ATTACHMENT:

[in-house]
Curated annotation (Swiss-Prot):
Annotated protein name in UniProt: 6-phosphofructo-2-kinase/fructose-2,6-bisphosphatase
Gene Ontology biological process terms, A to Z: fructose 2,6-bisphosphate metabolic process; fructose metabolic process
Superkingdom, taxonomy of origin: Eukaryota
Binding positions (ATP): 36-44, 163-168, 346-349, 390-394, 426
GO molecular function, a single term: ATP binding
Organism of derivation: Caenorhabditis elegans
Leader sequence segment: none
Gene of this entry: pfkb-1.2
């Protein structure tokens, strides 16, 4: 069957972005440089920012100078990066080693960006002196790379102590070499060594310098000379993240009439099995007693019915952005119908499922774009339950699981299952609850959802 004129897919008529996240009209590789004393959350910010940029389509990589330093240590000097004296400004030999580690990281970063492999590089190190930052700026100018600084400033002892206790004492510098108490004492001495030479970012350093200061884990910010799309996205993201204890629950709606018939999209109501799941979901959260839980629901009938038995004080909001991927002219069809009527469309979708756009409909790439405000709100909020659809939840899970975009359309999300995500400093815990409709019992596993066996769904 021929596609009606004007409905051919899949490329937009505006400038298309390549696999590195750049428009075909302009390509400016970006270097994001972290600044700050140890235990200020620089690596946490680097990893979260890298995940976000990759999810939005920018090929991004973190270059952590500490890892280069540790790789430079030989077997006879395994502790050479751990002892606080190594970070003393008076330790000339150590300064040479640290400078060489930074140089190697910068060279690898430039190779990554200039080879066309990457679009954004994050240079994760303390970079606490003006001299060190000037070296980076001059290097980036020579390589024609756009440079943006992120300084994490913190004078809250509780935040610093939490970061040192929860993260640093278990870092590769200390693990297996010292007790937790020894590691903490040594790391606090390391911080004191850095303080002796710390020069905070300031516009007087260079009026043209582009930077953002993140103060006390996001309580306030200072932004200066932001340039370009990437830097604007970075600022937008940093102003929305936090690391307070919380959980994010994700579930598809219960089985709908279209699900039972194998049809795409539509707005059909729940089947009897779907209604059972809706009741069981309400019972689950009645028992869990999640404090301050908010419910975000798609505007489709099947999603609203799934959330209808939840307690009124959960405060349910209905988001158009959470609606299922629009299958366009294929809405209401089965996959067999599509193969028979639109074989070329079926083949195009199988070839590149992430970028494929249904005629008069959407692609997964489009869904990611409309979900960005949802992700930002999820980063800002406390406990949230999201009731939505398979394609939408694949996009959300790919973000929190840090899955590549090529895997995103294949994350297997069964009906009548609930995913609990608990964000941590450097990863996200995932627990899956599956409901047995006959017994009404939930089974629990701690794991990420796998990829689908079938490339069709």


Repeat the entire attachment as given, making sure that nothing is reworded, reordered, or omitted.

[in-house]
Curated annotation (Swiss-Prot):
Annotated protein name in UniProt: 6-phosphofructo-2-kinase/fructose-2,6-bisphosphatase
Gene Ontology biological process terms, A to Z: fructose 2,6-bisphosphate metabolic process; fructose metabolic process
Superkingdom, taxonomy of origin: Eukaryota
Binding positions (ATP): 36-44, 163-168, 346-349, 390-394, 426
GO molecular function, a single term: ATP binding
Organism of derivation: Caenorhabditis elegans
Leader sequence segment: none
Gene of this entry: pfkb-1.2
């Protein structure tokens, strides 16, 4: 069957972005440089920012100078990066080693960006002196790379102590070499060594310098000379993240009439099995007693019915952005119908499922774009339950699981299952609850959802 004129897919008529996240009209590789004393959350910010940029389509990589330093240590000097004296400004030999580690990281970063492999590089190190930052700026100018600084400033002892206790004492510098108490004492001495030479970012350093200061884990910010799309996205993201204890629950709606018939999209109501799941979901959260839980629901009938038995004080909001991927002219069809009527469309979708756009409909790439405000709100909020659809939840899970975009359309999300995500400093815990409709019992596993066996769904 021929596609009606004007409905051919899949490329937009505006400038298309390549696999590195750049428009075909302009390509400016970006270097994001972290600044700050140890235990200020620089690596946490680097990893979260890298995940976000990759999810939005920018090929991004973190270059952590500490890892280069540790790789430079030989077997006879395994502790050479751990002892606080190594970070003393008076330790000339150590300064040479640290400078060489930074140089190697910068060279690898430039190779990554200039080879066309990457679009954004994050240079994760303390970079606490003006001299060190000037070296980076001059290097980036020579390589024609756009440079943006992120300084994490913190004078809250509780935040610093939490970061040192929860993260640093278990870092590769200390693990297996010292007790937790020894590691903490040594790391606090390391911080004191850095303080002796710390020069905070300031516009007087260079009026043209582009930077953002993140103060006390996001309580306030200072932004200066932001340039370009990437830097604007970075600022937008940093102003929305936090690391307070919380959980994010994700579930598809219960089985709908279209699900039972194998049809795409539509707005059909729940089947009897779907209604059972809706009741069981309400019972689950009645028992869990999640404090301050908010419910975000798609505007489709099947999603609203799934959330209808939840307690009124959960405060349910209905988001158009959470609606299922629009299958366009294929809405209401089965996959067999599509193969028979639109074989070329079926083949195009199988070839590149992430970028494929249904005629008069959407692609997964489009869904990611409309979900960005949802992700930002999820980063800002406390406990949230999201009731939505398979394609939408694949996009959300790919973000929190840090899955590549090529895997995103294949994350297997069964009906009548609930995913609990608990964000941590450097990863996200995932627990899956599956409901047995006959017994009404939930089974629990701690794991990420796998990829689908079938490339069709």